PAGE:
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Dialectical Behavior Therapy (DBT) is a therapeutic approach that was developed by Marsha Linehan to help individuals with borderline personality disorder and other conditions that involve intense emotions and difficulty regulating behavior. DBT is a form of cognitive-behavioral therapy that emphasizes the balance between acceptance and change. It is based on the idea that individuals with these conditions have a biological vulnerability to intense emotions, and that this vulnerability is exacerbated by an invalidating environment. DBT aims to help individuals learn to regulate their emotions and behaviors, and to gain more control over their life.

DBT is composed of four main modules: mindfulness, distress tolerance, emotion regulation, and interpersonal effectiveness.

  • Mindfulness is the practice of being present in the moment and accepting things as they are without judgment.
  • Distress tolerance is the ability to tolerate difficult situations without making them worse.
  • Emotion regulation is the ability to manage and change intense emotions.
  • Interpersonal effectiveness is the ability to build and maintain healthy relationships.

DBT is a comprehensive therapy that is typically delivered in a group format, with weekly individual therapy sessions, and regular phone coaching. It requires a high level of commitment from the patient and therapist, and typically takes several months to complete. It has been shown to be effective in treating a wide range of mental health conditions, including borderline personality disorder, post-traumatic stress disorder, and substance abuse disorders.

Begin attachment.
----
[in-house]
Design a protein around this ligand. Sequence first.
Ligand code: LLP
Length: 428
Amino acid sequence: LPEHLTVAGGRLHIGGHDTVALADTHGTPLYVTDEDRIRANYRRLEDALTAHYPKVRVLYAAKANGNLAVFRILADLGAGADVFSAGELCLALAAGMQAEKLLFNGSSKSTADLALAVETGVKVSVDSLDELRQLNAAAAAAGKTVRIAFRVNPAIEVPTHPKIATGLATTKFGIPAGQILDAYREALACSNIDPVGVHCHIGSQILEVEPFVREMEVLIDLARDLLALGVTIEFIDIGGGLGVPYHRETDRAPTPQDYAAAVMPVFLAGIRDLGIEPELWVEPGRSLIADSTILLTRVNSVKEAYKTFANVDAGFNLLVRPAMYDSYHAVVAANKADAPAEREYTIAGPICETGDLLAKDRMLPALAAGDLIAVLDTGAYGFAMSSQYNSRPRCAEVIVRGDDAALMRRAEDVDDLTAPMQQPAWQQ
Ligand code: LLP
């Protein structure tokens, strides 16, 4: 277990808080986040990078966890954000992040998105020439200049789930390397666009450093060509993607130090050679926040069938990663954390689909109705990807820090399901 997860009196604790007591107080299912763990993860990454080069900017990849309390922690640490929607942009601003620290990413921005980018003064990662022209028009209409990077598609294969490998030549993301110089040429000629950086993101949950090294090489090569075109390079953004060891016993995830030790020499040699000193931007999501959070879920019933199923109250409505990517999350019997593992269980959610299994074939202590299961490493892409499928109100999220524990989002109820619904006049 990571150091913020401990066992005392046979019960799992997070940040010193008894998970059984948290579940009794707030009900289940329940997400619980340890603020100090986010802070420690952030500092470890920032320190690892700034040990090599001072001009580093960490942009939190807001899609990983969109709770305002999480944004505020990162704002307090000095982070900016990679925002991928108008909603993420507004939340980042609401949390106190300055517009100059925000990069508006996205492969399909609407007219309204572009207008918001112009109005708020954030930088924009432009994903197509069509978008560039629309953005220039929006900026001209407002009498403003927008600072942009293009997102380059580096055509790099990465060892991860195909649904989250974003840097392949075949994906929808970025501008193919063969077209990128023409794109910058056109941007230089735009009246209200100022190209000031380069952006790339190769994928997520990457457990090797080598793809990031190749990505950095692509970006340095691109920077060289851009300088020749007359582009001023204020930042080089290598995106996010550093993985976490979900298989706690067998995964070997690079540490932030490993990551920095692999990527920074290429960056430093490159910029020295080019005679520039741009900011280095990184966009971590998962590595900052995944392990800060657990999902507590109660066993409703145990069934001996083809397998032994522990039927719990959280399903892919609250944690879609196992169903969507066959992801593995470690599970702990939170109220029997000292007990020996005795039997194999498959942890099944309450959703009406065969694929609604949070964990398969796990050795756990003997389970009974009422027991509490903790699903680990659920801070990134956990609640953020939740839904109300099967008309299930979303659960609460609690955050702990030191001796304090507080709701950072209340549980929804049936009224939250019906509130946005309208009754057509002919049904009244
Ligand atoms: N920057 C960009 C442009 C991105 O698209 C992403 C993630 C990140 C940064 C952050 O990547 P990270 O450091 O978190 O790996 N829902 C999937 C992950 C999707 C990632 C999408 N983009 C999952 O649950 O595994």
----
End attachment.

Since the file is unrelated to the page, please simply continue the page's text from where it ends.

How is DBT used to help treat DID?

DBT has been adapted to be used in treating Dissociative Identity Disorder (DID) by providing a structured and consistent approach to managing the symptoms associated with DID. DBT can be used to help individuals with DID to:

  • Improve emotional regulation: DBT can help system members identify and label their emotions and learn strategies for managing intense emotions.
  • Increase mindfulness: DBT can help system members to be more present in the moment and to accept their experiences without judgment.
  • Build distress tolerance: DBT can help system members tolerate difficult situations without making them worse, and to develop coping strategies that they can use when they are feeling overwhelmed.
  • Enhance interpersonal effectiveness: DBT can help system members to build and maintain healthy relationships and to communicate effectively with others.
  • Increase self-awareness: DBT can help system members to understand their own behavior and emotions, and to identify patterns of behavior that are associated with their dissociative symptoms.
  • Create a consistent and safe therapeutic relationship: DBT can help plurals to have a stable and secure therapeutic relationship with their therapist, which is essential for progress in treatment.

DBT can be integrated with other therapeutic approaches, such as psychodynamic therapy, and EMDR, which can be effective in treating DID.

--Above created with assistance from ChatGPT.

DBT in Reality

One challenge with DID folk working in DBT groups is that they're often expected to present as singular in group settings. Some professionals who run DBT groups seem to think that presenting as plural, or different headmates fronting during groups (and sometimes in 1:1 adjunct therapy) is undesirable "Dissociative" behavior and counter to the goals of DBT. Thus for some plural or DID systems, we're forced to be inauthentic or mask during DBT groups.

This idea comes from the thought that conflates switching in itself as dissociative (and thus maladaptive) behavior. When a system becomes increasingly co-conscious, they continue to switch without dissociation symptoms such as disorientation, amnesia, feeling distant or detached, or losing time. It may help for plural & DID systems to seek out DBT from more knowledgable practitioners — unfortunately sometimes we have to take what we can get. Other options include joining plural-only DBT peer-run practice groups or discussing DBT internally with one another as a system i.e. having a DBT group internally while working in an external DBT group.

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